Author Topic: JFK and the business community  (Read 8901 times)


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JFK and the business community
« on: July 20, 2013, 09:08:02 AM »
Like most politicians, Kennedy had never shown much interest in the "dismal science." Overall, his presidency saw fairly strong growth with low inflation, though unemployment and the balance of payments remained a problem. From the beginning, he pledged to maintain a balanced budget, but eventually came to see the need for deficit spending to spur the economy. Kennedy tried to be friendly with businessmen, knowing that only a cooperative relationship between government, labor and business would have any chance of working for the whole country. (JFK and the Business Community p2-3, Jim Heath, 1969, University of Chicago)

Corporate America was not much disturbed by Kennedy's election, given both his pragmatism, the narrowness of his victory, and a Congress dominated by conservative Democrats. His promise of more spending on defense and the space program was also encouraging. Neil C. Harley, president of Thor Power Tool Co., who campaigned for JFK, predicted, "people are really going to be surprised how conservative Jack Kennedy will be." The Wall St. Journal expressed displeasure that the "statist-economist John Kenneth Galbraith, New-Dealing historian Arthur Schlesinger, Jr., utopian Adlai Stevenson, the fuzzy do-gooder Chester Bowles, the socialist-inclined Walter Reuther" would have any influence on Kennedy. But generally, business was pleased that the more radical members of the administration would be kept at the lower levels of power. There were exceptions, though; John E. Swearingen, president of Standard Oil of Indiana, warned 11/1961, "We in the business world must not abdicate our authority to the ivory-towered socialists or fuzzy-minded theorists."

Previous GOP administrations had tended to chose men from the ranks of business, while many of Kennedy's people were from think-tanks, universities and the like. Business had become more active in politics since the 1958 elections, when a Democratic sweep in Congress had spooked corporate America. Right after his election in 1960, the economy continued to head downward; the recession of 1960 was blamed partly on a long national steel strike in 1959. In the spring of '61 profits and production continued to slump. In 1962 JFK suggested to Congress that the President be given standby authority, subject to Congressional veto, to adjust personal tax rates downward to spur the economy during slow times; Congress refused to give him any such power. (Ibid. 22-4)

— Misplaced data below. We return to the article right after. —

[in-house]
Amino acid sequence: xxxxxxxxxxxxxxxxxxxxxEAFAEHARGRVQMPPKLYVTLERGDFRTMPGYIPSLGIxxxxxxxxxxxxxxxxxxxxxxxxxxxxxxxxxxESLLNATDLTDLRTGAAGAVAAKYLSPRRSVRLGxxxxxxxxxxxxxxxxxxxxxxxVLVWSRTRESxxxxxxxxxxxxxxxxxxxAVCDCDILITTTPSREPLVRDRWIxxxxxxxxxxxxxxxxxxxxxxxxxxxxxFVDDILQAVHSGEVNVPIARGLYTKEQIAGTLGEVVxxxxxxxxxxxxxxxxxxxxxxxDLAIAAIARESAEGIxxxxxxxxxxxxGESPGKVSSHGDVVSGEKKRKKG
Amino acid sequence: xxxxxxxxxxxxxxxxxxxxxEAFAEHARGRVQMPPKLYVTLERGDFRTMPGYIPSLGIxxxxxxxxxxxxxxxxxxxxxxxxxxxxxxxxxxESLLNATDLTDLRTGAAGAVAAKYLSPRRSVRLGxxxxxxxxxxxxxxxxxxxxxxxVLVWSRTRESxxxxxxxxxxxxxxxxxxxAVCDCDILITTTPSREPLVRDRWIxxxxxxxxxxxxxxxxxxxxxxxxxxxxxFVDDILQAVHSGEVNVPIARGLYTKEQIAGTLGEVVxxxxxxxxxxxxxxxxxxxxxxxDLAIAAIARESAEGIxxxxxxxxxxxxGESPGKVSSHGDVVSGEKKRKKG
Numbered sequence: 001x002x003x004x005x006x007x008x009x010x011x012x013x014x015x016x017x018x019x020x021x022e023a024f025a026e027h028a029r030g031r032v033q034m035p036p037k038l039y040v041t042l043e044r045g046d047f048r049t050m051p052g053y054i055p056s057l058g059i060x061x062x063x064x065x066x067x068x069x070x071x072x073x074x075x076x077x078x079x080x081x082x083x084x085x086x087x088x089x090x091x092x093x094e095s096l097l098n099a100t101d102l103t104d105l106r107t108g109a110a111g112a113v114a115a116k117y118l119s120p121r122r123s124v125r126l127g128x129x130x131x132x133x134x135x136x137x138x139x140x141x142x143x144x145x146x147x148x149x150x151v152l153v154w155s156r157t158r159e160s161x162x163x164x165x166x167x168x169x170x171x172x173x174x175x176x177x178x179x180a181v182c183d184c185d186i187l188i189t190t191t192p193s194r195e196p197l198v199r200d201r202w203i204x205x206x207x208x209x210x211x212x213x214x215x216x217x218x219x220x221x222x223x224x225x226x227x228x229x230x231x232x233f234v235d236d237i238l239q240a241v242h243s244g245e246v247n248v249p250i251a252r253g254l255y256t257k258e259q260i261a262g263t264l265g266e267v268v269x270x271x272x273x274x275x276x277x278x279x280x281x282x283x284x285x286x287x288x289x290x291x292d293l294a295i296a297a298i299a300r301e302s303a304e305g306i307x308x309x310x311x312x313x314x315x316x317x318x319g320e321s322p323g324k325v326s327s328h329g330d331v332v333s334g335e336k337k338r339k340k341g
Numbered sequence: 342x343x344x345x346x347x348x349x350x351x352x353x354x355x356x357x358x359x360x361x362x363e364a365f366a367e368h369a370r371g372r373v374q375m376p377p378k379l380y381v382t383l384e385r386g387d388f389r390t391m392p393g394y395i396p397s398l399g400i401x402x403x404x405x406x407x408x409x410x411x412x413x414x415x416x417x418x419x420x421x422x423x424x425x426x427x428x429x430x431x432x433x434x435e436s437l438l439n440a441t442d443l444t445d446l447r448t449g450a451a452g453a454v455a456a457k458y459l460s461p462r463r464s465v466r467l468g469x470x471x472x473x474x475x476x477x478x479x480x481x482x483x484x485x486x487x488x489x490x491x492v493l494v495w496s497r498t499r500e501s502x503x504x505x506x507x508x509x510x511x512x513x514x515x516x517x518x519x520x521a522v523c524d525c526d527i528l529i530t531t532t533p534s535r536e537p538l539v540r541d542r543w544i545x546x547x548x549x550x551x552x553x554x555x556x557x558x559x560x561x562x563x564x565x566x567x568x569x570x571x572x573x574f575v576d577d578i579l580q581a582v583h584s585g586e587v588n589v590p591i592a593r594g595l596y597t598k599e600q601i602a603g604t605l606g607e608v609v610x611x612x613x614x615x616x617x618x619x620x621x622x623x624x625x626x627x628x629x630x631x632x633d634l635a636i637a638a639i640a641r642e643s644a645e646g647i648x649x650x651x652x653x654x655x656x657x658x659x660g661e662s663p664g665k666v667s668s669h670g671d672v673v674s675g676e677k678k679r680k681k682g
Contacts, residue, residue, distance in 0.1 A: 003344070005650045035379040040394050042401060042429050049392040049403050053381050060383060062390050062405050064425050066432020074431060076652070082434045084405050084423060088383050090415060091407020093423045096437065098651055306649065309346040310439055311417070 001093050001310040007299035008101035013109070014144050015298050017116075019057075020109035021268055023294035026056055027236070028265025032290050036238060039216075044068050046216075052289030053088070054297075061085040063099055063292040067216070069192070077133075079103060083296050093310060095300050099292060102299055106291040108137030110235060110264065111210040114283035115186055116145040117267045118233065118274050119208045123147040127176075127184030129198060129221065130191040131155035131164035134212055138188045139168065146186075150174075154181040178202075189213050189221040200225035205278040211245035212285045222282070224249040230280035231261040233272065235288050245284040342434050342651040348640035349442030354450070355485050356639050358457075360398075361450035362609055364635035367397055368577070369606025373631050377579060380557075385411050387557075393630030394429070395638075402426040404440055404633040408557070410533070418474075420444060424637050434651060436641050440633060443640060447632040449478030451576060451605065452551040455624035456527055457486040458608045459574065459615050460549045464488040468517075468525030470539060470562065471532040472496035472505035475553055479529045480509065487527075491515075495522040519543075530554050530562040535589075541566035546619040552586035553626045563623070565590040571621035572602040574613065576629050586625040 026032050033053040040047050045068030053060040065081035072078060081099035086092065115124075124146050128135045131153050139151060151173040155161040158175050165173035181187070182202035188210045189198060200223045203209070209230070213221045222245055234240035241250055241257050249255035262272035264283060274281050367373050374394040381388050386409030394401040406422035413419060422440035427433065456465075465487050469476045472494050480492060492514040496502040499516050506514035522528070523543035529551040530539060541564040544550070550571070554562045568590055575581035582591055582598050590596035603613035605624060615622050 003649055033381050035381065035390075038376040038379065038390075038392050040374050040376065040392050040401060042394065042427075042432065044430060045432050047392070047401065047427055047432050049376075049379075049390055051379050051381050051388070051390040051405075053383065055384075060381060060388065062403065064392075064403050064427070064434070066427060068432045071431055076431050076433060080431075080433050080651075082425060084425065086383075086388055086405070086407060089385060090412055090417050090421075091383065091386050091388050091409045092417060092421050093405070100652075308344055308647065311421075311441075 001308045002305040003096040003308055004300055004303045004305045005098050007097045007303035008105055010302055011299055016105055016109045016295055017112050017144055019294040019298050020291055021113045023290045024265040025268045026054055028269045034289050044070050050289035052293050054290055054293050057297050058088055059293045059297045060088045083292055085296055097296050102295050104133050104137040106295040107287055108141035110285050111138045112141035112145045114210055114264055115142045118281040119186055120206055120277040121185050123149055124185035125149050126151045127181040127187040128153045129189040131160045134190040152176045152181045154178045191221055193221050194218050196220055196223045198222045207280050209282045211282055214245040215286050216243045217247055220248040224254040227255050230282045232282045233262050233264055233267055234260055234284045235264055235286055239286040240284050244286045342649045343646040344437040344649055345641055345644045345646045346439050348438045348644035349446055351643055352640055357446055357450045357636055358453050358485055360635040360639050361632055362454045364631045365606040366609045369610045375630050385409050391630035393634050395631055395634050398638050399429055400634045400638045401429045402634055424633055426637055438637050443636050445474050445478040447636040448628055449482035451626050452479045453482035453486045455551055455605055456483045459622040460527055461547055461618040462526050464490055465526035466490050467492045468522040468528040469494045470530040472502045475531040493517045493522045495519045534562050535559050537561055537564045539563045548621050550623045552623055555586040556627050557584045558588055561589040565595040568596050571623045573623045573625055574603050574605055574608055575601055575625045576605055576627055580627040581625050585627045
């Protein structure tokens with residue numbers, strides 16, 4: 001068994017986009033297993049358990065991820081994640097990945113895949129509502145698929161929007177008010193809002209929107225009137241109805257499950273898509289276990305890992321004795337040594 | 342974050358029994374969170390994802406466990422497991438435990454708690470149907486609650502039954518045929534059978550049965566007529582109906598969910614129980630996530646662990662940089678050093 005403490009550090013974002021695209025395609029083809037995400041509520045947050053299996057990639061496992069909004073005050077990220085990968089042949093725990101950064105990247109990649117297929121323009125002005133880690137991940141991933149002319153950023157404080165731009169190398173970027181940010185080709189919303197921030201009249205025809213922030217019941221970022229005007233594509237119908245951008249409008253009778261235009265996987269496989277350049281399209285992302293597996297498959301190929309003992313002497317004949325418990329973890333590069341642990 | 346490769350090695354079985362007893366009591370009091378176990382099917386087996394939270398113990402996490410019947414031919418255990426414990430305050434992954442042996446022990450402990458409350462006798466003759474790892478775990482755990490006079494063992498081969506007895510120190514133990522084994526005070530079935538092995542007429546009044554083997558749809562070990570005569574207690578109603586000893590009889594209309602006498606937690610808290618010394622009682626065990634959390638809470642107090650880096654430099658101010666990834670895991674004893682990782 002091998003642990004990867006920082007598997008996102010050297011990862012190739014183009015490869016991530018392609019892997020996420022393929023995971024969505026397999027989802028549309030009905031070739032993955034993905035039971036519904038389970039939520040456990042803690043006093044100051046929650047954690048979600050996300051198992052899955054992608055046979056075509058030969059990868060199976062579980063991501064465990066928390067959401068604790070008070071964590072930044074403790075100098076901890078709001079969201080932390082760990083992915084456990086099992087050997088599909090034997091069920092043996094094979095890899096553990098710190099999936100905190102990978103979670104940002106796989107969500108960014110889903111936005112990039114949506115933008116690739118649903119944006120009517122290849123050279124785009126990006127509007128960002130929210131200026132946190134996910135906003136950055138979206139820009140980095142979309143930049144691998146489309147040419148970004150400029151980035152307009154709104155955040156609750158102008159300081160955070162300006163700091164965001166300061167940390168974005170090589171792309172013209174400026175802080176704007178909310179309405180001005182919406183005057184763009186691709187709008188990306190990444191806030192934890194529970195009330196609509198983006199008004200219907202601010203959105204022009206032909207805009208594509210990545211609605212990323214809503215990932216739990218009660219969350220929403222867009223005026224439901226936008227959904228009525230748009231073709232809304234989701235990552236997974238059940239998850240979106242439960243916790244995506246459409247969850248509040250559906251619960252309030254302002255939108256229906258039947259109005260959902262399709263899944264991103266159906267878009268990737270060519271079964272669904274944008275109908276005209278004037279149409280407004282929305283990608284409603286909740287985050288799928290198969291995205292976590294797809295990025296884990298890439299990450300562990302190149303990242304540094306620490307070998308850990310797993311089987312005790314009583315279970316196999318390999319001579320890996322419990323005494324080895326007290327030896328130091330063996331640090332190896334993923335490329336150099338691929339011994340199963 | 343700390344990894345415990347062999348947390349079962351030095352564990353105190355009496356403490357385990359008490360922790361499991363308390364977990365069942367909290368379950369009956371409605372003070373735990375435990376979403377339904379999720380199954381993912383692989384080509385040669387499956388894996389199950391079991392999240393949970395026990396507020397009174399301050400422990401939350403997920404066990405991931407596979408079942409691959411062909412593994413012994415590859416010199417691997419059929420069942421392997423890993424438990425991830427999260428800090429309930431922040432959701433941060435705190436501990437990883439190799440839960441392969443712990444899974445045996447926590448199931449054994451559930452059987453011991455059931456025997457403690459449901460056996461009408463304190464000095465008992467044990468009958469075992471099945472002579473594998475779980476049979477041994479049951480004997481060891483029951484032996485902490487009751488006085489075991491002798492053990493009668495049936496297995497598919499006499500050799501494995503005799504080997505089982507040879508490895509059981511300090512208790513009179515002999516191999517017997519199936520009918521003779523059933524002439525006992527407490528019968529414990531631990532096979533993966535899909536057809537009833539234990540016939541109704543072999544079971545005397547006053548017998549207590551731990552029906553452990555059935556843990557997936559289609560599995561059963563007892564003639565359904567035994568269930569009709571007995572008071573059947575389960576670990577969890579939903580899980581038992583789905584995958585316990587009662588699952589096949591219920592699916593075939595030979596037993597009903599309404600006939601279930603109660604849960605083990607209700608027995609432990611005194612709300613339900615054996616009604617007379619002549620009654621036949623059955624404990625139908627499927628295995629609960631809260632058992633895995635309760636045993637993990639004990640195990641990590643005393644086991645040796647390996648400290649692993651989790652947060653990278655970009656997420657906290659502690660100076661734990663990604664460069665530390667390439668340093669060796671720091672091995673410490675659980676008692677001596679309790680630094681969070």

In his first State of the Union message, he candidly admitted that the "present state of our economy is disturbing." He sped up programs to increase jobs, building projects and distribute food to the needy. Kennedy eventually began to understand the wisdom of running a federal deficit during recessionary times to boost the economy, though he had originally wanted to maintain a balanced budget. He also feared that a tax cut to spur the economy would also jeopardize the budget.  (Ibid. 25-6)  Congress enacted a minimum wage hike, but because of business opposition did not extend it to include more workers. Most of Kennedy's anti-recession measures were enacted by June of '61. During the Berlin crisis in August, JFK considered a tax hike to pay for increased defense spending, but was talked out of it by Sorensen, Heller and Samuelson. (Ibid. 27-30)

In 1961 Kennedy was pushing an economic stimulus program through Congress to aid an economy still recovering from recession; the cost of this program was criticized by conservatives. Kennedy wrote a letter 9/5/1961 to Evelyn Lincoln: "Tell Fred Dutton to compose a letter to a fellow called Daniels, Readers Digest, challenging his statistics in the September Readers Digest on unemployment - that the program presented this year would cost the taxpayer $18 billion annually in a few years. It is wholly untrue and we ought to make him eat it."

RFK recalled in a 1964 oral history interview that JFK "never liked" the Chamber of Commerce. "He just always felt that you couldn't do anything with them; there's no way to influence them....My father thought businessmen didn't have any public responsibility. And we just found that they were antagonistic..." Under LBJ, "business acceptance of the new economics became even more pronounced, in part because businessmen felt more comfortable with Johnson; his style suited them far better than did Kennedy's intellectual manner." (Business Community p38)

Connally recalled that JFK "had alarmed business. This was reaction partly to his handling of the steel price rollback, but even more to his concept of the need for change...Businessmen were suspicious of him..." (11/24/1967 Life)